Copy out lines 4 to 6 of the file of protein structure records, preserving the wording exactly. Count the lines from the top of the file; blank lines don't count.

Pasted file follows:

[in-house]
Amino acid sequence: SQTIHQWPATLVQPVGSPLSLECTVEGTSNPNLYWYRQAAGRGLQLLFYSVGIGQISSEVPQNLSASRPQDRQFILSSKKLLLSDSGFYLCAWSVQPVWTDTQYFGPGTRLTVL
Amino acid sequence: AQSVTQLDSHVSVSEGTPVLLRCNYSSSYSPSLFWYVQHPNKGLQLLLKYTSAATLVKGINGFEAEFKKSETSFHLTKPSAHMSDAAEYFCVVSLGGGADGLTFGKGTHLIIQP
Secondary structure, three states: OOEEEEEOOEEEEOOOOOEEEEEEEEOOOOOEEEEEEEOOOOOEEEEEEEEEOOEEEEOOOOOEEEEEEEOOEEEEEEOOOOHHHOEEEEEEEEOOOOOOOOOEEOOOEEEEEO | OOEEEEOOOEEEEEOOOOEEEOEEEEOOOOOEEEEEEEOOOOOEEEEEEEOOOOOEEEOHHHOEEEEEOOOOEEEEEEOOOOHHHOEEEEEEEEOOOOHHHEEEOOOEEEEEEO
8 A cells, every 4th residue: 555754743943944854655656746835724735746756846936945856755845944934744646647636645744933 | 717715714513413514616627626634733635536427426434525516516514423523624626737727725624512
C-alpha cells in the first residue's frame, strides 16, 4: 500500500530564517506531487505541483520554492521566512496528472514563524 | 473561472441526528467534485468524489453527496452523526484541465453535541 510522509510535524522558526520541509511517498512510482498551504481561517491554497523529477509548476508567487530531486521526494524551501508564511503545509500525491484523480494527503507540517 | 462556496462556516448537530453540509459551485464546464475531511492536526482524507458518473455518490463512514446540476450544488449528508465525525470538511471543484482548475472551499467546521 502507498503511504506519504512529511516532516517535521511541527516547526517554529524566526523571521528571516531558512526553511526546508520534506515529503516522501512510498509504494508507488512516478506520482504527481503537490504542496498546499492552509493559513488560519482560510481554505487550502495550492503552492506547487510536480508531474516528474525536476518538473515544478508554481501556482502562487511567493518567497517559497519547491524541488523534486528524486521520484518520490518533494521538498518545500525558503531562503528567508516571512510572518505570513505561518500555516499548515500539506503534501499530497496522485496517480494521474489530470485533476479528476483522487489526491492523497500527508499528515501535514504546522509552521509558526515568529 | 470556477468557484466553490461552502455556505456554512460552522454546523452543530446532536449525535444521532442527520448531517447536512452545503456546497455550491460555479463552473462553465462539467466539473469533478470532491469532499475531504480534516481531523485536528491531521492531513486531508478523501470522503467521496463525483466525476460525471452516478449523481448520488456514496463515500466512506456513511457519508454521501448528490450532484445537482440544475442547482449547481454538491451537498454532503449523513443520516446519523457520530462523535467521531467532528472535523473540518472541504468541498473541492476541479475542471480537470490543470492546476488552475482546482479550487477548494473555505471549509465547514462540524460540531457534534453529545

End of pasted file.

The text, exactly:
Secondary structure, three states: OOEEEEEOOEEEEOOOOOEEEEEEEEOOOOOEEEEEEEOOOOOEEEEEEEEEOOEEEEOOOOOEEEEEEEOOEEEEEEOOOOHHHOEEEEEEEEOOOOOOOOOEEOOOEEEEEO | OOEEEEOOOEEEEEOOOOEEEOEEEEOOOOOEEEEEEEOOOOOEEEEEEEOOOOOEEEOHHHOEEEEEOOOOEEEEEEOOOOHHHOEEEEEEEEOOOOHHHEEEOOOEEEEEEO
8 A cells, every 4th residue: 555754743943944854655656746835724735746756846936945856755845944934744646647636645744933 | 717715714513413514616627626634733635536427426434525516516514423523624626737727725624512
C-alpha cells in the first residue's frame, strides 16, 4: 500500500530564517506531487505541483520554492521566512496528472514563524 | 473561472441526528467534485468524489453527496452523526484541465453535541 510522509510535524522558526520541509511517498512510482498551504481561517491554497523529477509548476508567487530531486521526494524551501508564511503545509500525491484523480494527503507540517 | 462556496462556516448537530453540509459551485464546464475531511492536526482524507458518473455518490463512514446540476450544488449528508465525525470538511471543484482548475472551499467546521 502507498503511504506519504512529511516532516517535521511541527516547526517554529524566526523571521528571516531558512526553511526546508520534506515529503516522501512510498509504494508507488512516478506520482504527481503537490504542496498546499492552509493559513488560519482560510481554505487550502495550492503552492506547487510536480508531474516528474525536476518538473515544478508554481501556482502562487511567493518567497517559497519547491524541488523534486528524486521520484518520490518533494521538498518545500525558503531562503528567508516571512510572518505570513505561518500555516499548515500539506503534501499530497496522485496517480494521474489530470485533476479528476483522487489526491492523497500527508499528515501535514504546522509552521509558526515568529 | 470556477468557484466553490461552502455556505456554512460552522454546523452543530446532536449525535444521532442527520448531517447536512452545503456546497455550491460555479463552473462553465462539467466539473469533478470532491469532499475531504480534516481531523485536528491531521492531513486531508478523501470522503467521496463525483466525476460525471452516478449523481448520488456514496463515500466512506456513511457519508454521501448528490450532484445537482440544475442547482449547481454538491451537498454532503449523513443520516446519523457520530462523535467521531467532528472535523473540518472541504468541498473541492476541479475542471480537470490543470492546476488552475482546482479550487477548494473555505471549509465547514462540524460540531457534534453529545